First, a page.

The recent COVID pandemic has driven an unexpected trend – a shortage of skilled tradespeople and building material.
The COVID-19 pandemic, combined with recent extreme weather events in QLD and NSW, has seen Australians deal with a whole bunch of issues from health concerns through to lockdowns and border closures. The extreme weather has also resulted in many homes, commercial premises and infrastructure projects needing major renovation and repair.
Now it seems these events have another unwanted side effect – rising construction costs. And no matter whether you’re planning to add a patio to the backyard or build a brand new home, chances are you could be impacted. For those unfortunate to have had their business or home impacted by the weather, the events will likely make it difficult to get tradespeople to quote and start on works. This all leads to a supply and demand issue.
Tradies in short supply
The Housing Industry Association (HIA) says the shortage of skilled tradespeople is “the most significant shortage on record”1.
HIA Economist Angela Lillicrap, says, “All trades recorded a deterioration in availability during the December 2021 quarter. Bricklaying, carpentry, joinery, roofing, general building, and other trades have reported the most severe shortages on record.”
She explains the shortage is due to a boom in detached house construction and renovations, which has “seen demand for land, labour and materials skyrocket”.
The result, according to the HIA, is that construction timeframes are being pushed out.
And there may be no immediate relief in sight. Skilled trades are expected to be in high demand throughout 2022 and into 2023.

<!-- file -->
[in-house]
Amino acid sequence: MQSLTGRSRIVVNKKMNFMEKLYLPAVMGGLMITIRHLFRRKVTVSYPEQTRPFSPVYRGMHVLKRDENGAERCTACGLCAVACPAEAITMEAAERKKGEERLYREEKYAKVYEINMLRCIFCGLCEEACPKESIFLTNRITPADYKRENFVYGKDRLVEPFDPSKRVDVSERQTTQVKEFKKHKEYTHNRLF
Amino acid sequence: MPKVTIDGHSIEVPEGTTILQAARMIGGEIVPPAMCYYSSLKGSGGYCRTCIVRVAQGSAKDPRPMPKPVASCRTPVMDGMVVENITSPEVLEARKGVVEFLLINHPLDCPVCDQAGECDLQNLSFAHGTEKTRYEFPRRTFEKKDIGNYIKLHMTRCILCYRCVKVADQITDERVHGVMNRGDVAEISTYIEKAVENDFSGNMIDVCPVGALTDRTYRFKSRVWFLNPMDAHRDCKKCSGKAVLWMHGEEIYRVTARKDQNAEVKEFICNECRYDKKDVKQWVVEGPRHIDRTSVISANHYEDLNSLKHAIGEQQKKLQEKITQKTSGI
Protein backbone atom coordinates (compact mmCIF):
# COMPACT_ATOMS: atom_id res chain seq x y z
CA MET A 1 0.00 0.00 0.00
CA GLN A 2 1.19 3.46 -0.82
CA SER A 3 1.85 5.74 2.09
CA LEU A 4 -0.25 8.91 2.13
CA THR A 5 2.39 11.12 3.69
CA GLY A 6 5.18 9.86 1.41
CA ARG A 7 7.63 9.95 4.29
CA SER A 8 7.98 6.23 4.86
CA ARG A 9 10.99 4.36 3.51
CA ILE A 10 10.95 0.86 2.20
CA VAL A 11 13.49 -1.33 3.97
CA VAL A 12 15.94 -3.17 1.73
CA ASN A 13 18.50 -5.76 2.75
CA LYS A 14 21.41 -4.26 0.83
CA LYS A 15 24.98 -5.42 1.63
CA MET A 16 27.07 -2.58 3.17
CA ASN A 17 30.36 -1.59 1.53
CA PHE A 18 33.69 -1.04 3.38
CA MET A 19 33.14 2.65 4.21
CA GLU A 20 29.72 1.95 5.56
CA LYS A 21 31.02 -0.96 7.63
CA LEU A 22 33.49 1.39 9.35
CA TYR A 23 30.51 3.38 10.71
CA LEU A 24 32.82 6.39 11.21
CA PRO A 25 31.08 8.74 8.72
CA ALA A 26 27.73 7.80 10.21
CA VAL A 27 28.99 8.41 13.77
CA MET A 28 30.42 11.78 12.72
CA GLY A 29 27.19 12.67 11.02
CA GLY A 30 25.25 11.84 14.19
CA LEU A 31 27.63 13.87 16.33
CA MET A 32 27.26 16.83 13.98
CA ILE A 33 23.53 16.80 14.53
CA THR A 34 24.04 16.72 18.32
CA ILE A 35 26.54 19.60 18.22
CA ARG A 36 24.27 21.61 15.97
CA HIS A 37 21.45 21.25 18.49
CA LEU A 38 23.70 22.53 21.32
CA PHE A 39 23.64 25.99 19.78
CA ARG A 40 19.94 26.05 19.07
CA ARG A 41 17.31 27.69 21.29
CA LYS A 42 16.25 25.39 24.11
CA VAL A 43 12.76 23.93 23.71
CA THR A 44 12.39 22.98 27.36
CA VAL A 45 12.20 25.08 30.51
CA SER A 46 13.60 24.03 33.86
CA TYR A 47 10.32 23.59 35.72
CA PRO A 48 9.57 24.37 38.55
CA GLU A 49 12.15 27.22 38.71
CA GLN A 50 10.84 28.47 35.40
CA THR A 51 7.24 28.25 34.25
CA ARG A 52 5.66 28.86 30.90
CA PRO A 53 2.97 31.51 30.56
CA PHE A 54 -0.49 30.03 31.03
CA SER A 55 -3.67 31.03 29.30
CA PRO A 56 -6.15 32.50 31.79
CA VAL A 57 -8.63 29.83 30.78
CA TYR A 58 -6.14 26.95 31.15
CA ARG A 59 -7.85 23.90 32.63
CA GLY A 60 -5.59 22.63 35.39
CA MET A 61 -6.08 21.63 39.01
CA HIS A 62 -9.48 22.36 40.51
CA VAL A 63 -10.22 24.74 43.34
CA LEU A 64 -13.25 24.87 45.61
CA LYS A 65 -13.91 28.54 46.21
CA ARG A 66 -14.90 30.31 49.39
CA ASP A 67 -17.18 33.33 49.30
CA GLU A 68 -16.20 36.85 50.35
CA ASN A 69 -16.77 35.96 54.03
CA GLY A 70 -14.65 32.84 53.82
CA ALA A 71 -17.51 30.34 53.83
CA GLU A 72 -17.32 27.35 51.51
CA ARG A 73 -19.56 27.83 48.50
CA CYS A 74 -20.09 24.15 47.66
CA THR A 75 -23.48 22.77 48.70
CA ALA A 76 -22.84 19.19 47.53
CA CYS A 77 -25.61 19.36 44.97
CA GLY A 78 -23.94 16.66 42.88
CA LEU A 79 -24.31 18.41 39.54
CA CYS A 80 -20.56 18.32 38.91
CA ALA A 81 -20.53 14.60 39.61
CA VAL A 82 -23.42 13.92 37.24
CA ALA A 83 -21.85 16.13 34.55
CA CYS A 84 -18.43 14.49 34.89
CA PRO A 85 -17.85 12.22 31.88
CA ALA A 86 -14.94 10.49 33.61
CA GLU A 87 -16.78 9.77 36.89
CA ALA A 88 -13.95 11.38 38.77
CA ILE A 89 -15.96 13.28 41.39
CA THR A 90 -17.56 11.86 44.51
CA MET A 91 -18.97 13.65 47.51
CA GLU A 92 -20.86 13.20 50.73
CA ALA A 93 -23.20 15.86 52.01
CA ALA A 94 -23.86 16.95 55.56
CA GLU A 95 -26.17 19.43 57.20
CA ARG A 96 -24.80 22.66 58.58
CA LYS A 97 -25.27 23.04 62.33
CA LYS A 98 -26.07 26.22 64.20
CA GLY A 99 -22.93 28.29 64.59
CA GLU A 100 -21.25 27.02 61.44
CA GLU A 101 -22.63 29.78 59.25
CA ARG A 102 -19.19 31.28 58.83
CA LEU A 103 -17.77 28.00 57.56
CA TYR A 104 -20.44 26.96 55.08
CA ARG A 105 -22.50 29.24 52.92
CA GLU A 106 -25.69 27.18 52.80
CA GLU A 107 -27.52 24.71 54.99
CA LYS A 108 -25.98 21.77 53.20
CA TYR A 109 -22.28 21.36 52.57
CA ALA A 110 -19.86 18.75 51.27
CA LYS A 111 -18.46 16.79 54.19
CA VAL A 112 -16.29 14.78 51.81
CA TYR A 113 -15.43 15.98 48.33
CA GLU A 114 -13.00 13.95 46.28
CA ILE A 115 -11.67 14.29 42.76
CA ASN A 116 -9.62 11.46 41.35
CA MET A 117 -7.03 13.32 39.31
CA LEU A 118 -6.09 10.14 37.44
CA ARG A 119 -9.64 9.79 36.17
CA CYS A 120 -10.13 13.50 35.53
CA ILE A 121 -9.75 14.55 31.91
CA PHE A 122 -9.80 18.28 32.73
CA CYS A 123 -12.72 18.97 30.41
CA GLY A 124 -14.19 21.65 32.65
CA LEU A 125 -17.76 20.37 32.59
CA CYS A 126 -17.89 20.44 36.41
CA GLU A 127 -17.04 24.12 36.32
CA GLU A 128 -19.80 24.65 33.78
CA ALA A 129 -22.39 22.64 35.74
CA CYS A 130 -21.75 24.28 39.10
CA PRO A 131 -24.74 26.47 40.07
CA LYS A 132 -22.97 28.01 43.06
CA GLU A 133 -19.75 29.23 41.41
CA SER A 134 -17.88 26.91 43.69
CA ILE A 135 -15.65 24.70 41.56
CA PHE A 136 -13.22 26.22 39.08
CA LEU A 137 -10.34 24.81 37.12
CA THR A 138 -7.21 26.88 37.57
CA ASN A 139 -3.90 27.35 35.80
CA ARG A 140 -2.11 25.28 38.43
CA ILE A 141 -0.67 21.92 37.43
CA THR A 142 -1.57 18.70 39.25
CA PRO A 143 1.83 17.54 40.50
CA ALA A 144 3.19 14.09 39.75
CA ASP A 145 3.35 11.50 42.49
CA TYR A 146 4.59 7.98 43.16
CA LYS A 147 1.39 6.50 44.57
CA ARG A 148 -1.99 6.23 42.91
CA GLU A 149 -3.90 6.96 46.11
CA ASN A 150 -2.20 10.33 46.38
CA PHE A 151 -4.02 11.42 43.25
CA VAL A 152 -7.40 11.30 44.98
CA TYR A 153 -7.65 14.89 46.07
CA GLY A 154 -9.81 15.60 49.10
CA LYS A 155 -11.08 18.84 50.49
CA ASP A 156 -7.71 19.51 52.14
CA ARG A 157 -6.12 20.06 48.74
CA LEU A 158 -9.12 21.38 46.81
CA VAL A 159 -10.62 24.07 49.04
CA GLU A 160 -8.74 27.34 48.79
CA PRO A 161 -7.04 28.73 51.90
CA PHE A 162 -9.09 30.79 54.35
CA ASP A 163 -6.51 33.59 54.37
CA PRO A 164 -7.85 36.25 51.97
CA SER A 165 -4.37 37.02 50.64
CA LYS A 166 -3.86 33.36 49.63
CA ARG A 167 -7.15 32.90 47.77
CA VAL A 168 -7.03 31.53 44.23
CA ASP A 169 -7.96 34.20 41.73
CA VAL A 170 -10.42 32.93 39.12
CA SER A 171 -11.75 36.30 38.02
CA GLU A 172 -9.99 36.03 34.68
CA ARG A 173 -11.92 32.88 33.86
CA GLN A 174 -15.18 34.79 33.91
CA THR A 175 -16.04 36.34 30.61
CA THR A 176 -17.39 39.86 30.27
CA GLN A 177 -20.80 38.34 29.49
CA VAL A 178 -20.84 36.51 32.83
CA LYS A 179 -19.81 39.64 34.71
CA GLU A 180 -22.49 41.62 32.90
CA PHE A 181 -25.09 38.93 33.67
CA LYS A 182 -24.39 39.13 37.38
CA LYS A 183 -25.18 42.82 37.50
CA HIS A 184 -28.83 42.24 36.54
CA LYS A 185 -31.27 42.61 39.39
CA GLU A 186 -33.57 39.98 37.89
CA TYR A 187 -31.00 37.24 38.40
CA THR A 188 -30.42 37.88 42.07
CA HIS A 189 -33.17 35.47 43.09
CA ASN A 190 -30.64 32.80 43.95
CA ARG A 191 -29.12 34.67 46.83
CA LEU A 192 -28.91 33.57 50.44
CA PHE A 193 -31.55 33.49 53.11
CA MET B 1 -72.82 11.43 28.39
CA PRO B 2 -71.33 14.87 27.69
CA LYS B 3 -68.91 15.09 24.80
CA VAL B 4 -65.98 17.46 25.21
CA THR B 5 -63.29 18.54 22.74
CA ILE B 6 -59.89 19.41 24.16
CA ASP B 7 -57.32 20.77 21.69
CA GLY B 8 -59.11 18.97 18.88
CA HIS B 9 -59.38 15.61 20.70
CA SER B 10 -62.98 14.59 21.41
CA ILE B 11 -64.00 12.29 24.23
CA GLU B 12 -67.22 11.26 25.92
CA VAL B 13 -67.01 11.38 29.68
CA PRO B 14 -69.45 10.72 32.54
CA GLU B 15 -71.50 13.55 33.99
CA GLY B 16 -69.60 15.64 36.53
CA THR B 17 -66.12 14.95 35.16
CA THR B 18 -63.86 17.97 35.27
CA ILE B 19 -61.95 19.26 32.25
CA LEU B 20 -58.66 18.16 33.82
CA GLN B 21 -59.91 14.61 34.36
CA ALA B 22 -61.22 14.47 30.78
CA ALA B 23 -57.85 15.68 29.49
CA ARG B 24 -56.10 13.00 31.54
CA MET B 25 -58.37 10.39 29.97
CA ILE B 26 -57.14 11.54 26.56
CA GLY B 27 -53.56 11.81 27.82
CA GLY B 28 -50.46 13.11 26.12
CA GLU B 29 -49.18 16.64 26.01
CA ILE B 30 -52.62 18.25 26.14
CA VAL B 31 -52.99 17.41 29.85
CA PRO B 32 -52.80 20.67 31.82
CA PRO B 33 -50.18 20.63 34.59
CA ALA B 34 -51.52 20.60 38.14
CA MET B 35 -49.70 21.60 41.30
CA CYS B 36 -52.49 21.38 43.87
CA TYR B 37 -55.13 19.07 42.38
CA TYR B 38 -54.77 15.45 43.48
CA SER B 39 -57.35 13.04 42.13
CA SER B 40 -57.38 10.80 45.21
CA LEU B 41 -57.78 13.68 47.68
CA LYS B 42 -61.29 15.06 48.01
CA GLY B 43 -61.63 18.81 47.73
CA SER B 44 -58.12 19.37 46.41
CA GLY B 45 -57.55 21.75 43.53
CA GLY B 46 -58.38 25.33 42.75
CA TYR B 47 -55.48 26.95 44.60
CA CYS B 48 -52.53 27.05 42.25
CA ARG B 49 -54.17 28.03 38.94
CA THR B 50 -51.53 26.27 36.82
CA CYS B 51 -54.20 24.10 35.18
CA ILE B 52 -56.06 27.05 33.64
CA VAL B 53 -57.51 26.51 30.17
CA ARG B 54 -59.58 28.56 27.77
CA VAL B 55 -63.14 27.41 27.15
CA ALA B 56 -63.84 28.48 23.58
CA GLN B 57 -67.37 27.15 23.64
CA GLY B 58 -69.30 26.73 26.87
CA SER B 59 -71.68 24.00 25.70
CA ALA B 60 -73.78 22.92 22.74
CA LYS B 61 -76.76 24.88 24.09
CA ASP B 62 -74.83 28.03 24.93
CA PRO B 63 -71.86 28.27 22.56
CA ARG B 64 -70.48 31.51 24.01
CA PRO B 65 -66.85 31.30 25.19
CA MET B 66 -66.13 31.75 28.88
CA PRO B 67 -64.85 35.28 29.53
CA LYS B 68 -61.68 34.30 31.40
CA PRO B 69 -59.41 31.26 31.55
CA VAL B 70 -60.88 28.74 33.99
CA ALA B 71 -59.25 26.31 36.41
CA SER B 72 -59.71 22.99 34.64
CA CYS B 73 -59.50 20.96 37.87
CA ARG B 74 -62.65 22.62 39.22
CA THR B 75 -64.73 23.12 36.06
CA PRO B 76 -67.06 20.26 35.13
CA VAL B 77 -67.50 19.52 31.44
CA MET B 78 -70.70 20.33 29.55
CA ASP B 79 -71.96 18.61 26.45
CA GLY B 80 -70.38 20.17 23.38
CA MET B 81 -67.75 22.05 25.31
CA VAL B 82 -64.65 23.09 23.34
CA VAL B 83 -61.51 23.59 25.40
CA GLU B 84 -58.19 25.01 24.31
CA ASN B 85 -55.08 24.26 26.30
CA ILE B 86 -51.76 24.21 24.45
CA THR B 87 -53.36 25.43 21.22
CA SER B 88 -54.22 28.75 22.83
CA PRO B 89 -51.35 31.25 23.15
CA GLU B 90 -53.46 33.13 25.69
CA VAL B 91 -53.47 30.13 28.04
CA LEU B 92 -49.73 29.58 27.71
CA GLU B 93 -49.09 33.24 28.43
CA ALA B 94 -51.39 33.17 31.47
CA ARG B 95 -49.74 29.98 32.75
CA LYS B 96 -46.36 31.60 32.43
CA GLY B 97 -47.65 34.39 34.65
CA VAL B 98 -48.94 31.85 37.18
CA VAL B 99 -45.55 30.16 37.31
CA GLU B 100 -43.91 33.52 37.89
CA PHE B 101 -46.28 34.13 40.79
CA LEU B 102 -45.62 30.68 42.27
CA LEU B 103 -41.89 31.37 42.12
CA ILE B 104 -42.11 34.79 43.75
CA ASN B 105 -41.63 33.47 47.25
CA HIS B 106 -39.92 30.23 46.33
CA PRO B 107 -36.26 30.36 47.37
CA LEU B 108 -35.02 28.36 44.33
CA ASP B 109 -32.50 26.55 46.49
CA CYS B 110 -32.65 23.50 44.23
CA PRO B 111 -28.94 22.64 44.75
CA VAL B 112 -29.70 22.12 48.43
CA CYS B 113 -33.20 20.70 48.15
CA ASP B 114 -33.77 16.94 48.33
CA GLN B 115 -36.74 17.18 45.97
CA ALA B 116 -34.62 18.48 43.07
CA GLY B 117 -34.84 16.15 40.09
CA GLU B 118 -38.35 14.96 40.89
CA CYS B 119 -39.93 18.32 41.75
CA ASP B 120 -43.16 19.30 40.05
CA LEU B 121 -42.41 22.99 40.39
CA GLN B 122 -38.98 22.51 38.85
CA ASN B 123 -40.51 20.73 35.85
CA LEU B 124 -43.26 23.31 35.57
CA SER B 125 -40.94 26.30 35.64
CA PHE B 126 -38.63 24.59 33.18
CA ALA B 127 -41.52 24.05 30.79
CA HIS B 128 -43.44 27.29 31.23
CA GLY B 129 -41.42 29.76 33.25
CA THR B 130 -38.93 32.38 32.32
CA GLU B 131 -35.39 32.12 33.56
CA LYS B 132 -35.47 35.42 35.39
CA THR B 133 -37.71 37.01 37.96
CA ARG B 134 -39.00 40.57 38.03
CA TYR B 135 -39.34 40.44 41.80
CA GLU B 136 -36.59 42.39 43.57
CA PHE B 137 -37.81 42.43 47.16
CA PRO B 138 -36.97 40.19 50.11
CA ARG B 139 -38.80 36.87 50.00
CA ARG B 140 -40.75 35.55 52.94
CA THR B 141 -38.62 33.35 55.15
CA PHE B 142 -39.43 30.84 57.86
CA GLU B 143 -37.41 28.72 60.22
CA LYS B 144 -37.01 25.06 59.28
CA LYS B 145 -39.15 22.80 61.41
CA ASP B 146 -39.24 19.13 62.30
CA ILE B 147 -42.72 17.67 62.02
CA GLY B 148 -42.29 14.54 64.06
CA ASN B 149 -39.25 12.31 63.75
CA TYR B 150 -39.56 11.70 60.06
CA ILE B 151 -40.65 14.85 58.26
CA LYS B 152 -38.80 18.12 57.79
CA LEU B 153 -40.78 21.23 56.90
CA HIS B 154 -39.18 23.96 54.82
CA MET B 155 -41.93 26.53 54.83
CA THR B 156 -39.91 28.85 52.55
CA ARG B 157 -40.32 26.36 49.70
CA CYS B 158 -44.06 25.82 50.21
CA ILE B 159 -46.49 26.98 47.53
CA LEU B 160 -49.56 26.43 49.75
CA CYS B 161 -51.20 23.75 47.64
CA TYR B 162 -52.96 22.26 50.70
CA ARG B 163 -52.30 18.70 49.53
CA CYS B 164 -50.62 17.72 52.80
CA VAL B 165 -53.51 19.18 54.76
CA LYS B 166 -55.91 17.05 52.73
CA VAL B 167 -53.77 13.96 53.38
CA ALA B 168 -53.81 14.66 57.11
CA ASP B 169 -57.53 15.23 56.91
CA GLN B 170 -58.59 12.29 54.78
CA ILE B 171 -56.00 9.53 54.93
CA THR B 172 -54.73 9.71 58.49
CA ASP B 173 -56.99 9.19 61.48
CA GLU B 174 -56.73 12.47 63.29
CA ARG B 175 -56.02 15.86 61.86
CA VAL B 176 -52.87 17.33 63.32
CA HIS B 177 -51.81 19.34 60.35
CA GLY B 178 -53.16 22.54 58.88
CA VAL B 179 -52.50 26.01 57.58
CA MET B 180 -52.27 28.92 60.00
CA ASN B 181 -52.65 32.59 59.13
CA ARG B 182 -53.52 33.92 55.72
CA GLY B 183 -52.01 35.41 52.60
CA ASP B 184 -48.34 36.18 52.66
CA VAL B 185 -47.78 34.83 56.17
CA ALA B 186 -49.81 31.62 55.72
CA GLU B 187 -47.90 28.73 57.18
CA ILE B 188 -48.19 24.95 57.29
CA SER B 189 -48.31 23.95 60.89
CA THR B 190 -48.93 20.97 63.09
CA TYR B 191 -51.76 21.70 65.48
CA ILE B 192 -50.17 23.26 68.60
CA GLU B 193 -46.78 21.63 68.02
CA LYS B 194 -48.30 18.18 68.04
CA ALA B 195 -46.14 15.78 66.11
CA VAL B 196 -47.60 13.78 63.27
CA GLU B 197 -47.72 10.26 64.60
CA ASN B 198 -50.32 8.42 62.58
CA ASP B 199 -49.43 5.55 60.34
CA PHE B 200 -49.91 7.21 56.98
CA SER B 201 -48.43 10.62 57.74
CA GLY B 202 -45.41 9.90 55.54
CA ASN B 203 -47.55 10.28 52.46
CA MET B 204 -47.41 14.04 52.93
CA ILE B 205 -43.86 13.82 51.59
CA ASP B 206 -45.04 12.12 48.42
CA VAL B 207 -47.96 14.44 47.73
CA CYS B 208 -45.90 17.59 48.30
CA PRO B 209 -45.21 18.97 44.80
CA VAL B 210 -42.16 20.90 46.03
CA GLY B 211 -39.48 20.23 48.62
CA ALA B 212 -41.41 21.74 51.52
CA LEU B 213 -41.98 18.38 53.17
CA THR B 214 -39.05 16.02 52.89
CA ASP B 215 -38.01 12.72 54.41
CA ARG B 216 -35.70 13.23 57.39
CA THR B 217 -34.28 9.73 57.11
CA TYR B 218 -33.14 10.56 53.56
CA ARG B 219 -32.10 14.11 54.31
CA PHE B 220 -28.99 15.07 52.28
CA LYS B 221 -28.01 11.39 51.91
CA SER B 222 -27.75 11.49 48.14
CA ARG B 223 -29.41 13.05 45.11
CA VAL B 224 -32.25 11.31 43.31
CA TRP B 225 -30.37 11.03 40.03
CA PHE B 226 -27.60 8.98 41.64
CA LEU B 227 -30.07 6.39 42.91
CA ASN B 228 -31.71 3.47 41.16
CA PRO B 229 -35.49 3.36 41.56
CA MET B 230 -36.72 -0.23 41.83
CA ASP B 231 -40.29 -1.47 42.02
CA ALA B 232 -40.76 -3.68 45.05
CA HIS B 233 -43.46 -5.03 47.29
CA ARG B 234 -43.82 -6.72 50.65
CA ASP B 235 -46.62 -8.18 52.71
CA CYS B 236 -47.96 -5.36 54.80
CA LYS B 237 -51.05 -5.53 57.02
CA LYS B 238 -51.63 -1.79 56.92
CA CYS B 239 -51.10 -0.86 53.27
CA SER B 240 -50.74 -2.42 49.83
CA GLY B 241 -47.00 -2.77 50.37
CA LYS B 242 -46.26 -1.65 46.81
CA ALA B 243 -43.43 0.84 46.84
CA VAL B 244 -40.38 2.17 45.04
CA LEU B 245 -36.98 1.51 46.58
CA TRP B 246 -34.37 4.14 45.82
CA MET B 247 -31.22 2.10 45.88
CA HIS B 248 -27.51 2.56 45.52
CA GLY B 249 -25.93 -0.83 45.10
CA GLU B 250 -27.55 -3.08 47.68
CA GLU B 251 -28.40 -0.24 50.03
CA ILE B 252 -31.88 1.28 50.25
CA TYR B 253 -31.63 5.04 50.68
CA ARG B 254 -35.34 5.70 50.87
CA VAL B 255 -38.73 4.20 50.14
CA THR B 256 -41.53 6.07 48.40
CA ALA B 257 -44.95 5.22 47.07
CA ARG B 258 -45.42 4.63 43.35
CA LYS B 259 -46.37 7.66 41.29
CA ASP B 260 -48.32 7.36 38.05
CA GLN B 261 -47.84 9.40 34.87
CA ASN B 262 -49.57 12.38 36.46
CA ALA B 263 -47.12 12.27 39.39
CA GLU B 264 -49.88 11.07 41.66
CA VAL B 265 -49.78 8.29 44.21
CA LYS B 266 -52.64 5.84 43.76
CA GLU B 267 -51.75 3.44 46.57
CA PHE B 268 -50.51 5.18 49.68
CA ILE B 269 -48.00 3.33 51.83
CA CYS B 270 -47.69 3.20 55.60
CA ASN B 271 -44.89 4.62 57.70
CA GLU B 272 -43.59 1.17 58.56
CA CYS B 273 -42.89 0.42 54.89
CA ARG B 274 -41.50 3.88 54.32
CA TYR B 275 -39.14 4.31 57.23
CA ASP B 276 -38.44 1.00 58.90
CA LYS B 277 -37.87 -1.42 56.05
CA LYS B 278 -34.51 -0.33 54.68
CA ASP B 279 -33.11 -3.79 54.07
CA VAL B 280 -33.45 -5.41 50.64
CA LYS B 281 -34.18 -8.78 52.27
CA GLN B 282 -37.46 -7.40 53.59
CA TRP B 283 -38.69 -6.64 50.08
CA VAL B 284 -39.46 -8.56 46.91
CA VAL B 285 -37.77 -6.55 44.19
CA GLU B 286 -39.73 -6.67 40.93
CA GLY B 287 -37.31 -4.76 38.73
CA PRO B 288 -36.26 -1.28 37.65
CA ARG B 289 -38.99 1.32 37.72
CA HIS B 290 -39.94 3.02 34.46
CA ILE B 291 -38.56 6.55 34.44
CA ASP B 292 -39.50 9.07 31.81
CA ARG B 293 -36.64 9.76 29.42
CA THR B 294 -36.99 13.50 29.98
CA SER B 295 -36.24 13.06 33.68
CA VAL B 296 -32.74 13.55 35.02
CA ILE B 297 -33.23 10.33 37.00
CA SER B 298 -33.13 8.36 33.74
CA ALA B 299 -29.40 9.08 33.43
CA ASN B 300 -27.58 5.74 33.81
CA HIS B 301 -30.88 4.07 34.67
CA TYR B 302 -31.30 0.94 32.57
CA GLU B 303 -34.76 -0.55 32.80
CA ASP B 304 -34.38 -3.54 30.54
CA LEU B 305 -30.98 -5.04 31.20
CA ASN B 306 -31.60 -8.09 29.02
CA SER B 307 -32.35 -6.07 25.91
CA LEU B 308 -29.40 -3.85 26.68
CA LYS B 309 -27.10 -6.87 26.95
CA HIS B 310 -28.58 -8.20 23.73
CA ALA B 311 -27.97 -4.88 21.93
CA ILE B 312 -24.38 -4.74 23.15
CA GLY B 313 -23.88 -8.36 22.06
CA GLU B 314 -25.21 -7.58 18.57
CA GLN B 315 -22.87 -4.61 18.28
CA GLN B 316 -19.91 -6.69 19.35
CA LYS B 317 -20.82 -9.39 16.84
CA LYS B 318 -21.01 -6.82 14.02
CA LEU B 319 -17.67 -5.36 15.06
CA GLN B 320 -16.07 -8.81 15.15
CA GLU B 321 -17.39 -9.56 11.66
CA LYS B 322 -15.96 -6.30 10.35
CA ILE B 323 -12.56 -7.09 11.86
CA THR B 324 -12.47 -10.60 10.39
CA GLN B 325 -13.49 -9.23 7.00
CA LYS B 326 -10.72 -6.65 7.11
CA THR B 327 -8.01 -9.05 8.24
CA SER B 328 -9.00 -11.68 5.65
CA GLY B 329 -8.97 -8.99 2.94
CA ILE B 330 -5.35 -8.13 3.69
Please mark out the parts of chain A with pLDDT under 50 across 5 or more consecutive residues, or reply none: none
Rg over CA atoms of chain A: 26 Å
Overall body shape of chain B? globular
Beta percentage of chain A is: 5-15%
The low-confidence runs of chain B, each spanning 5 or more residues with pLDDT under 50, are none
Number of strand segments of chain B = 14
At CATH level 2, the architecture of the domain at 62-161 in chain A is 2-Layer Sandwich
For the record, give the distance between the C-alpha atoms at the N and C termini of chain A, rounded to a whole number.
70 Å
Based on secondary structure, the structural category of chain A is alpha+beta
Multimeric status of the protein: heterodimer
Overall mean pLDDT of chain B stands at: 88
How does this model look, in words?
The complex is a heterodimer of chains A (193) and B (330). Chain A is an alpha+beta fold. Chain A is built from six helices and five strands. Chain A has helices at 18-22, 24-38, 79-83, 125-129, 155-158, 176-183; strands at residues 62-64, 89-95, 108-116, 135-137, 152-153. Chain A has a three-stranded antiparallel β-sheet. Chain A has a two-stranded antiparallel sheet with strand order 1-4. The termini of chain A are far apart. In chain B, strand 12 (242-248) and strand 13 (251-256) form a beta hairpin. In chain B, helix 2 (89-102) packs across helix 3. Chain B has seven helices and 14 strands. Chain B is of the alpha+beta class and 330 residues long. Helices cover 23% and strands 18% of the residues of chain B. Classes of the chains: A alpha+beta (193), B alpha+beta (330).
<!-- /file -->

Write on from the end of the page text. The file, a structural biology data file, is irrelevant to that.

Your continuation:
Construction costs rise 7.3%
The challenge facing home builders and anyone planning even a minor home improvement, goes beyond a tight supply of chippies, brickies and sparkies.
The latest Cordell Construction Cost Index2 shows construction costs nationally increased 7.3% last year, the highest annual hike since March 2005.
The cost spike is being driven by increased demand plus pandemic-related supply chain disruptions leading to a severe shortage of materials3.
Rising building costs coupled with a shortage of tradies could impact your building project or repairs. For those, whose dwelling is impacted by weather events, close communication with your insurer and lender is key as they will guide you whilst you’re waiting on tradies to start. For others, the shortage doesn’t mean you should scrap plans, but it does pay to be prepared:
- Before signing a building contract, check how the builder can pass on any cost blow-outs
- Speak to your builder about realistic construction timeframes
- For DIY projects, allow room in your budget for unexpected cost increases
- Do a realistic budget, and get pre-approval from your lender before making commitments and signing contracts. For example, a lending specialist can make sure you will qualify for a loan if needed, obtain an “on completion” valuation, and take you through how the lender will fund your project. This can save you stress and money as the project moves along
If you’re planning a brand new home, a construction loan can be a suitable form of funding. If you’re giving your place a makeover, it may be possible to draw on the home equity you’ve built up through a loan top up or refinancing – it can be a way of preserving personal savings.
The main point is to head into any sort of building project with your eyes wide open. Speak to your LJ Hooker Home Loans lending specialist to know the finance options available to get started on your project.
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This article is prepared based on general information. It does not take into account individual financial objectives or needs and is not financial product advice.